Jane Ciabattari picks the novels, memoirs and short story collections that deserved a place on your shelf this year.
By Jane Ciabattari
17 December 2015
3. Elena Ferrante, The Story of the Lost Child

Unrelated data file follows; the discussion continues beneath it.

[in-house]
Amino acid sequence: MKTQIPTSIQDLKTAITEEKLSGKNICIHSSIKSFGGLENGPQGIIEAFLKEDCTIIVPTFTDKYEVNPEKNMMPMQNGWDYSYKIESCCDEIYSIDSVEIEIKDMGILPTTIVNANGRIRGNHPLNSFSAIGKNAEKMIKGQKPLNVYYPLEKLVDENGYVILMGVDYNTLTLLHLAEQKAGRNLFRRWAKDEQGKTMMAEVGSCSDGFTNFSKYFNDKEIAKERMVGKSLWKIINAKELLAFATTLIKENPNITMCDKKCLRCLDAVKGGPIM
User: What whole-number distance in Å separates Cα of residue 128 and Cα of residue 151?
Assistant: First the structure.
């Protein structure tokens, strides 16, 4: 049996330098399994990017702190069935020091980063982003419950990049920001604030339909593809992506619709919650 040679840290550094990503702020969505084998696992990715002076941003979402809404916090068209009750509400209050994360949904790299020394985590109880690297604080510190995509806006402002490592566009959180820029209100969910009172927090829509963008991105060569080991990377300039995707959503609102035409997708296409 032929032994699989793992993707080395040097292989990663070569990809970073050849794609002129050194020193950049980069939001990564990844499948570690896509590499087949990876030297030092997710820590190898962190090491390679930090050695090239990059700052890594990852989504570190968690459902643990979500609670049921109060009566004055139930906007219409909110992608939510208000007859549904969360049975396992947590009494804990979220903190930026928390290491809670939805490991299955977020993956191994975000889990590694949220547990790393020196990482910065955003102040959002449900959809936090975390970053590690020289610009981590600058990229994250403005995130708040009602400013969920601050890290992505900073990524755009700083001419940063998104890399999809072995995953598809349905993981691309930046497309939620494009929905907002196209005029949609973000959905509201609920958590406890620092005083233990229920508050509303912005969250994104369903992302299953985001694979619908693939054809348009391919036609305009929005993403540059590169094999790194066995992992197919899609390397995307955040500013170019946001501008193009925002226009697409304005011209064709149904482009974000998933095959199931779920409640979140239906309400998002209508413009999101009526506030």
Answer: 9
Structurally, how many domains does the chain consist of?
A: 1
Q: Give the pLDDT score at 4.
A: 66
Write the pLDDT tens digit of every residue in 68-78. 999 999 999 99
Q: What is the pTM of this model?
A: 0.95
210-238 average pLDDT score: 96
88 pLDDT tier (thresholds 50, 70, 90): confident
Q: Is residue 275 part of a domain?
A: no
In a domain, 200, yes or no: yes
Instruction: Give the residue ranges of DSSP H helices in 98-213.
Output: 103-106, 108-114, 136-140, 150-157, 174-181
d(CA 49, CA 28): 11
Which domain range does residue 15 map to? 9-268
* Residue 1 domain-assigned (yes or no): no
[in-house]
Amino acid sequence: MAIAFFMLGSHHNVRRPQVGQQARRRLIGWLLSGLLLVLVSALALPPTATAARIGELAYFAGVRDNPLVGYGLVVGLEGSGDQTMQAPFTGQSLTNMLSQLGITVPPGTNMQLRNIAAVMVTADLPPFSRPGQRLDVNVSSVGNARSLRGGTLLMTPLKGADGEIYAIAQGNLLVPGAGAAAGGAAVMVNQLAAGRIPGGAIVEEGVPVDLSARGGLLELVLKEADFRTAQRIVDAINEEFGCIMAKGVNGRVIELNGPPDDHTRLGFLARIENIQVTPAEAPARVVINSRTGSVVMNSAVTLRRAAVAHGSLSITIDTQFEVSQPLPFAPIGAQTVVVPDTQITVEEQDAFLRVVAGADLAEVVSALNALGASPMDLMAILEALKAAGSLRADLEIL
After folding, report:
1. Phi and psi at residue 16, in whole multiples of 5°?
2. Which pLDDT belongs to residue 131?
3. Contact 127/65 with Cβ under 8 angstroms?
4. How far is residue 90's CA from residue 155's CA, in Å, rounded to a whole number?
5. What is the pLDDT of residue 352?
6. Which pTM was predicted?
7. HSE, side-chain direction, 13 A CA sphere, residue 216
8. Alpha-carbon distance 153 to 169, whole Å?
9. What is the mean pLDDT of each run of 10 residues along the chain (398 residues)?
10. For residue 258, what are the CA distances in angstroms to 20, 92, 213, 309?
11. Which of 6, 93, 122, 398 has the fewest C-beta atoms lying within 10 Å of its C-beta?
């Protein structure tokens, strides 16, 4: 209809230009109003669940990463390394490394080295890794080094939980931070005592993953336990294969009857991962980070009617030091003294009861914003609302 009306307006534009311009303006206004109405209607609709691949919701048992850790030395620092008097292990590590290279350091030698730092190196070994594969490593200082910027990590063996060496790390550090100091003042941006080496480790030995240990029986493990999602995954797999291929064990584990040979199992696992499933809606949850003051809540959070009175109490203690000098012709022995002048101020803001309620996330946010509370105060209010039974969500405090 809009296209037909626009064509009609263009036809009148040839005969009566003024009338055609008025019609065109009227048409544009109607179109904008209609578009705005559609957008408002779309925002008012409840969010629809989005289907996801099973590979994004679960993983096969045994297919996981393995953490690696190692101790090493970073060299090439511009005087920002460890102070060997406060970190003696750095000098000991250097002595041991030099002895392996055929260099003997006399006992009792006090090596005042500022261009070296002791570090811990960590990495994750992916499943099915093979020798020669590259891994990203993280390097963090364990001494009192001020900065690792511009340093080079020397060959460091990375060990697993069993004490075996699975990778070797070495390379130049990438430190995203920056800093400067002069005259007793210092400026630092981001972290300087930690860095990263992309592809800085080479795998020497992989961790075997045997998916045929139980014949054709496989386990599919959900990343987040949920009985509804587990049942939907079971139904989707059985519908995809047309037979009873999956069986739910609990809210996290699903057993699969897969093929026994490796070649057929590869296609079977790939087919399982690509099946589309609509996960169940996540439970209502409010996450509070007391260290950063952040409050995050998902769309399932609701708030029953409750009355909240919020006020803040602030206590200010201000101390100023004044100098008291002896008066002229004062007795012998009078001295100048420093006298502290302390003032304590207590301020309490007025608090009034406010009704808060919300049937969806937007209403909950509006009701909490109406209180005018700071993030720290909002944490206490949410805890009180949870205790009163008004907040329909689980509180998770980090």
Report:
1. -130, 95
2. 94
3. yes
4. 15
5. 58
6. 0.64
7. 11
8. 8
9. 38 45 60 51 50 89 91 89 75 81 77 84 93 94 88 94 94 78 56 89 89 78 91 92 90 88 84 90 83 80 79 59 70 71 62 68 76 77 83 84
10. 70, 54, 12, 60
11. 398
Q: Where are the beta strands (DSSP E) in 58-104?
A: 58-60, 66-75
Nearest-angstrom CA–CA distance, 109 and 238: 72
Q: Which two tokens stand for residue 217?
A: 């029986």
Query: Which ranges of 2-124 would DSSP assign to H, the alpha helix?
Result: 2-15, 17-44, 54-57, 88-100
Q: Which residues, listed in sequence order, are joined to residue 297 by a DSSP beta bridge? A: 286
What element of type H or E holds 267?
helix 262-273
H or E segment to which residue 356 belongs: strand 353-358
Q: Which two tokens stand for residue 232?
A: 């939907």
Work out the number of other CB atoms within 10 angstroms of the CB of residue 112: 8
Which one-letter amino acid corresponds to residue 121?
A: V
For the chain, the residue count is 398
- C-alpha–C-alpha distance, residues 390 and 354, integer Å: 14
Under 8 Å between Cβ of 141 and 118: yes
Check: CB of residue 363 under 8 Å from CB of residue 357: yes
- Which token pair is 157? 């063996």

With this last novel in her Neapolitan quartet, secretive literary phenomenon Elena Ferrante brings her revered fictional portrait of a ‘splendid and shadowy’ friendship between Elena and Lila to a close. Gracefully translated into English by Ann Goldstein, The Story of the Lost Child opens in 1976, when Elena returns to her hometown of Naples, leaving her husband behind in Florence. At this point in the story, she has a married lover, two daughters, and a string of published books. Her long-time rival Lila is the last person she wants to see, but soon the two are entwined once again in the violent and vibrant city of their youth. Ferrante’s enduring lesson: “Every intense relationship between human beings is full of traps.” (Credit: Europa Editions)